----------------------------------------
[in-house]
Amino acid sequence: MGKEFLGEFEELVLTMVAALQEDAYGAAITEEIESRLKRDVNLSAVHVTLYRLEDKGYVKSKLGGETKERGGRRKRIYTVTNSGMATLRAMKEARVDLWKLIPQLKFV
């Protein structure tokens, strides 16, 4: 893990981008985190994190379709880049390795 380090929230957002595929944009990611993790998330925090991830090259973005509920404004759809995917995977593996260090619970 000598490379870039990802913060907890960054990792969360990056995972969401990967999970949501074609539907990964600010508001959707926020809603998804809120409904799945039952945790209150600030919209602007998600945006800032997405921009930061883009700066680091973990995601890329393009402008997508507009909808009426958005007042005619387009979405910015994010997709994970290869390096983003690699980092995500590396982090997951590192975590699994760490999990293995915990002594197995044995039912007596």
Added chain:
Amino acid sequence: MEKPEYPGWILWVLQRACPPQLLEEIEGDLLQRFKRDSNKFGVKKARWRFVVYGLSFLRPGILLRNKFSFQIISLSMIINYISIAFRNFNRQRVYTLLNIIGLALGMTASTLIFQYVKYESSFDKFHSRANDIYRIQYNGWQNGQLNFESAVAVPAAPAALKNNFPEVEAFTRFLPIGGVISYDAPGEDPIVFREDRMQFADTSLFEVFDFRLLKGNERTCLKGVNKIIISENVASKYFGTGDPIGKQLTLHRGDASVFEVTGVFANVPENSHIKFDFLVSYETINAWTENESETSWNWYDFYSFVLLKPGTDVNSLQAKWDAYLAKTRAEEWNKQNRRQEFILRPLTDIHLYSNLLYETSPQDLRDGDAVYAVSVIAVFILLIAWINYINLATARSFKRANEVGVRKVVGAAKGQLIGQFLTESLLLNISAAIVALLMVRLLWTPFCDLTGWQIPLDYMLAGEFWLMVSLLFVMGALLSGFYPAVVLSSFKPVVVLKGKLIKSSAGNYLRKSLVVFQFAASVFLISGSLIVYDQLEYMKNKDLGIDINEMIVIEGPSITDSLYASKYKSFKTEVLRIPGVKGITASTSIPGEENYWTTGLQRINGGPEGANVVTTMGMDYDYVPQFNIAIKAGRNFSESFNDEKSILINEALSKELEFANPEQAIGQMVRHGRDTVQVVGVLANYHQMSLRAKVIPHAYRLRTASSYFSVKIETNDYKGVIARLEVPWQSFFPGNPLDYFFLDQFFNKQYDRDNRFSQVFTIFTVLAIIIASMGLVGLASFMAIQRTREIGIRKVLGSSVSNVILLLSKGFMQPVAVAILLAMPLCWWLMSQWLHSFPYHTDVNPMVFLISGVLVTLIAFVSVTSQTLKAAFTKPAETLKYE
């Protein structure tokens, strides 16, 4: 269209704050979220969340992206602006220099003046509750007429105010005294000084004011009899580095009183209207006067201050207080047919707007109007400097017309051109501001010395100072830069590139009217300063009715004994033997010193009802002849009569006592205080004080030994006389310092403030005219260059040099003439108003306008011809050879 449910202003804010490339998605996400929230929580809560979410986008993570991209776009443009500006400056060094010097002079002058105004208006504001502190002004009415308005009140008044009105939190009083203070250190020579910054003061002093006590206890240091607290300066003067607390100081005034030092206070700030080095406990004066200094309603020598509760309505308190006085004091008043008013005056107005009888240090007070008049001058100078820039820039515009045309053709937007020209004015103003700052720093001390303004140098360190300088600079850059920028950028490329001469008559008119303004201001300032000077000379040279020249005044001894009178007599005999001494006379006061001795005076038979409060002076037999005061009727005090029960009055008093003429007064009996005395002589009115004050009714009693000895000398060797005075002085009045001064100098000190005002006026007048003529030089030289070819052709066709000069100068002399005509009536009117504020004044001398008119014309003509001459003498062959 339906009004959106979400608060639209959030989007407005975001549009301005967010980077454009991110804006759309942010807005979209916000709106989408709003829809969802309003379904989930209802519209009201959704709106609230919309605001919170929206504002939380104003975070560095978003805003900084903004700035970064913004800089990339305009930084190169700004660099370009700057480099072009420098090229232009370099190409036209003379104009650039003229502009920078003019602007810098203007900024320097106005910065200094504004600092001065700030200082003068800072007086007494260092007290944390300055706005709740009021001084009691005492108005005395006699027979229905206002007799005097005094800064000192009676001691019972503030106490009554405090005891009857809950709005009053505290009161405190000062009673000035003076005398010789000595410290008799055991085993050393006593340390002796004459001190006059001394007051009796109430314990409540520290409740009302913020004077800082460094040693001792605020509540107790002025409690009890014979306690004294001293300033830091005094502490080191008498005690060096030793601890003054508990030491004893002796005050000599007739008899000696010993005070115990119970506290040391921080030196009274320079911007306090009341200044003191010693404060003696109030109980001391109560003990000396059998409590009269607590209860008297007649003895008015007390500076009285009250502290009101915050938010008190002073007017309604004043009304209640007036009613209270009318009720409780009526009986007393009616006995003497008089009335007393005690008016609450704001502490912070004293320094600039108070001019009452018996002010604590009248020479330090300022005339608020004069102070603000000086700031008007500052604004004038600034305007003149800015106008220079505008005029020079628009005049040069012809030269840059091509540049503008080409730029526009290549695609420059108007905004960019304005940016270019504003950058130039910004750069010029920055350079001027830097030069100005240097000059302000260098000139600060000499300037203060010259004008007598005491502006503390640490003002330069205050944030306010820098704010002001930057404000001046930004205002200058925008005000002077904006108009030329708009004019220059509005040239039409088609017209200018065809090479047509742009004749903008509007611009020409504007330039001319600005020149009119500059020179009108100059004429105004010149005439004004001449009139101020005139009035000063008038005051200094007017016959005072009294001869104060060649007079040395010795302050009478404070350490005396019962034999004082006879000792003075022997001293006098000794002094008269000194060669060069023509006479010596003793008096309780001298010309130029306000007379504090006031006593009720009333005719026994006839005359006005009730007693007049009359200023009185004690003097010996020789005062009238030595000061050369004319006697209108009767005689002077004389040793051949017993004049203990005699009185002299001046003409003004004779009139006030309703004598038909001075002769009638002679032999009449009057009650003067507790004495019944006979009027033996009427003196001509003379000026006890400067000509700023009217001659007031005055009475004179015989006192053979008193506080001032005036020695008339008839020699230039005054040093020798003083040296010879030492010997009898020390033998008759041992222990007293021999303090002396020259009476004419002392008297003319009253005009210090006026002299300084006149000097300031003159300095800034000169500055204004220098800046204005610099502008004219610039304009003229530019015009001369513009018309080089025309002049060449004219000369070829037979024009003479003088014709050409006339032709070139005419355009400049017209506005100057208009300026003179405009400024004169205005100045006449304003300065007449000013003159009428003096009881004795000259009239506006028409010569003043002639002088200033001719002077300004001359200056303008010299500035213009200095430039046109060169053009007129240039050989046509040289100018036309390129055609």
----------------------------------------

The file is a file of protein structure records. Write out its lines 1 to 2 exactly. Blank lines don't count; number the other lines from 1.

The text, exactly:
[in-house]
Amino acid sequence: MGKEFLGEFEELVLTMVAALQEDAYGAAITEEIESRLKRDVNLSAVHVTLYRLEDKGYVKSKLGGETKERGGRRKRIYTVTNSGMATLRAMKEARVDLWKLIPQLKFV